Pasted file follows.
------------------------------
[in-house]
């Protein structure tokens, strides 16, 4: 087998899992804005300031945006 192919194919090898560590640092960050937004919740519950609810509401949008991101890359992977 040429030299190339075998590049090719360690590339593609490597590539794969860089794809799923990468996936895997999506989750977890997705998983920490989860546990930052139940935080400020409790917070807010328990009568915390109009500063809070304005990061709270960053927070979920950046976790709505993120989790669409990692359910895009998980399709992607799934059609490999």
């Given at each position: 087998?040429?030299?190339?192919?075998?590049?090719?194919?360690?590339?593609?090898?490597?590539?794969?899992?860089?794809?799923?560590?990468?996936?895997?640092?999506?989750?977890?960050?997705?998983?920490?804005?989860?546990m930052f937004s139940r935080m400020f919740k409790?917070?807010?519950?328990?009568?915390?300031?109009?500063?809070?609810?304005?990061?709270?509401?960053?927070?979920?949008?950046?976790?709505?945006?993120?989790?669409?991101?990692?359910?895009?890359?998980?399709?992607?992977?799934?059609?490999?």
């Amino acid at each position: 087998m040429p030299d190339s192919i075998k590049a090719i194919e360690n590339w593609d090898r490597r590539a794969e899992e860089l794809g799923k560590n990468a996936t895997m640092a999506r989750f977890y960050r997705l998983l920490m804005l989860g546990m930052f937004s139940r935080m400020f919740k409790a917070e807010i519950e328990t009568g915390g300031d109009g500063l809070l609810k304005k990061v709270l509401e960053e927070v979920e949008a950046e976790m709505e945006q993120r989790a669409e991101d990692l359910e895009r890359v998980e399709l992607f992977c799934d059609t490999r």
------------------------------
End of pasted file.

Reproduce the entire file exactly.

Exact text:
[in-house]
């Protein structure tokens, strides 16, 4: 087998899992804005300031945006 192919194919090898560590640092960050937004919740519950609810509401949008991101890359992977 040429030299190339075998590049090719360690590339593609490597590539794969860089794809799923990468996936895997999506989750977890997705998983920490989860546990930052139940935080400020409790917070807010328990009568915390109009500063809070304005990061709270960053927070979920950046976790709505993120989790669409990692359910895009998980399709992607799934059609490999």
């Given at each position: 087998?040429?030299?190339?192919?075998?590049?090719?194919?360690?590339?593609?090898?490597?590539?794969?899992?860089?794809?799923?560590?990468?996936?895997?640092?999506?989750?977890?960050?997705?998983?920490?804005?989860?546990m930052f937004s139940r935080m400020f919740k409790?917070?807010?519950?328990?009568?915390?300031?109009?500063?809070?609810?304005?990061?709270?509401?960053?927070?979920?949008?950046?976790?709505?945006?993120?989790?669409?991101?990692?359910?895009?890359?998980?399709?992607?992977?799934?059609?490999?």
């Amino acid at each position: 087998m040429p030299d190339s192919i075998k590049a090719i194919e360690n590339w593609d090898r490597r590539a794969e899992e860089l794809g799923k560590n990468a996936t895997m640092a999506r989750f977890y960050r997705l998983l920490m804005l989860g546990m930052f937004s139940r935080m400020f919740k409790a917070e807010i519950e328990t009568g915390g300031d109009g500063l809070l609810k304005k990061v709270l509401e960053e927070v979920e949008a950046e976790m709505e945006q993120r989790a669409e991101d990692l359910e895009r890359v998980e399709l992607f992977c799934d059609t490999r």